I had very high hopes for the John Muir Lodge…although in a beautiful setting, the lodge has almost no character.  It feels a bit like a cheap dorm; nothing like some of the other national park lodges.
Day Three
John Muir to Mariposa

Lakes and mountains today.  Pine Flat Lake, Shaver Lake, Huntington Lake; Sugar Pine, Fish Camp, ending in the very cute gold rush town of Mariposa.  Terrific Prospector's Brewing Company walking distance from the hotel, perfect end to a beautiful day.
Day Four
Mariposa to Lake Tahoe

Criss-crossing the Sierras and pass-baggin' all day.  Perfect weather and perfect pavement:  Tucson take a lesson…THIS is what pavement looks like:
And, it is attached to perfect scenery:
Lunch in the mountains.
Four wheels, two at a time.
We end in Lake Tahoe at the Adler Inn, a little hotel two blocks from the lake.
Lake Tahoe
Great dinner that night at the Blue Angel Cafe, breakfast the next morning at The Red Hut.
Day Five
Lake Tahoe to Red Bluff

This is where we meet Henry, the Free Range Chicken.  But first there are roads to ride.  And pie, this place has great pie.
See that Number 11 above?  Remember that number, it will become very important on Day Nine
Taking a break, rehydrating, relieving, relaxing.  Up the hill and out of the bushes walks Henry:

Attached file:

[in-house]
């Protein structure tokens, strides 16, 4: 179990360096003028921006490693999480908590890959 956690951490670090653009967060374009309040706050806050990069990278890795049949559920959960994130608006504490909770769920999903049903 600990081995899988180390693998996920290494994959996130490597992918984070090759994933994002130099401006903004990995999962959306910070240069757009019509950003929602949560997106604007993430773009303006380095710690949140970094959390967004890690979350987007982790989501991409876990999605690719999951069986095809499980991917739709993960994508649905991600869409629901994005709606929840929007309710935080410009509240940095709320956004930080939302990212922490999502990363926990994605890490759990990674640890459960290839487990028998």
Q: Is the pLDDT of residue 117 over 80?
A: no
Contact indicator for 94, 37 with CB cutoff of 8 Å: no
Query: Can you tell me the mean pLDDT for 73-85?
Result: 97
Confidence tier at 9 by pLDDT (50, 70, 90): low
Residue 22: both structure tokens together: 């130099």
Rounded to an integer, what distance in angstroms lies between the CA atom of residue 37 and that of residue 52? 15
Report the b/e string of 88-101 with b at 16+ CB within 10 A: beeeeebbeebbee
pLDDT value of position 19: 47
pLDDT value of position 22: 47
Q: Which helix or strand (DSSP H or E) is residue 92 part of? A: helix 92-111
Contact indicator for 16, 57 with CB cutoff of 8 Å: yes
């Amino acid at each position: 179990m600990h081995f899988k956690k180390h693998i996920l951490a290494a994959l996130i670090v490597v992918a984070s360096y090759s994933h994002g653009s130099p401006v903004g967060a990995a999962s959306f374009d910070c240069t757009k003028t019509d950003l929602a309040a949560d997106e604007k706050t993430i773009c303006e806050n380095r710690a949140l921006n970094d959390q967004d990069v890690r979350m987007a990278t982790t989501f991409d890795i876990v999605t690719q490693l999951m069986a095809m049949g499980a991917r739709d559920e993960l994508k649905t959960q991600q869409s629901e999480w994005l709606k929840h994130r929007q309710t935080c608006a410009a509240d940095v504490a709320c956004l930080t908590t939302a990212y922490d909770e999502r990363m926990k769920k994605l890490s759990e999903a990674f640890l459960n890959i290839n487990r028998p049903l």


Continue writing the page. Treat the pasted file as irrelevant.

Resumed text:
Henry likes peanuts, and was very happy to hang with his biker buddies.
The last part of the ride turned into an economy run because several gas stations were closed.  Good thing we all filled it to the brim…rolled into the station with 225 miles on the clock.
Day Six
Red Bluff to Crescent City

I was attacked by a black bear.  Ok, not attacked, but he made a full trot run across the road on a diagonal intercept course for me and The Hammer.  I mean full trot; both legs forward then back…I swear I could see teeth.  Pin the throttle and was thinking more power would be a REALLY good thing about now.  He passes behind me and Jon has to go full Brembo as the bear runs between us.  Got our attention.  No pictures, which is a good thing because every time I tell this story the bear gets bigger.  Soon it will be a grizzly.  Teeth.  There were teeth.  Big teeth.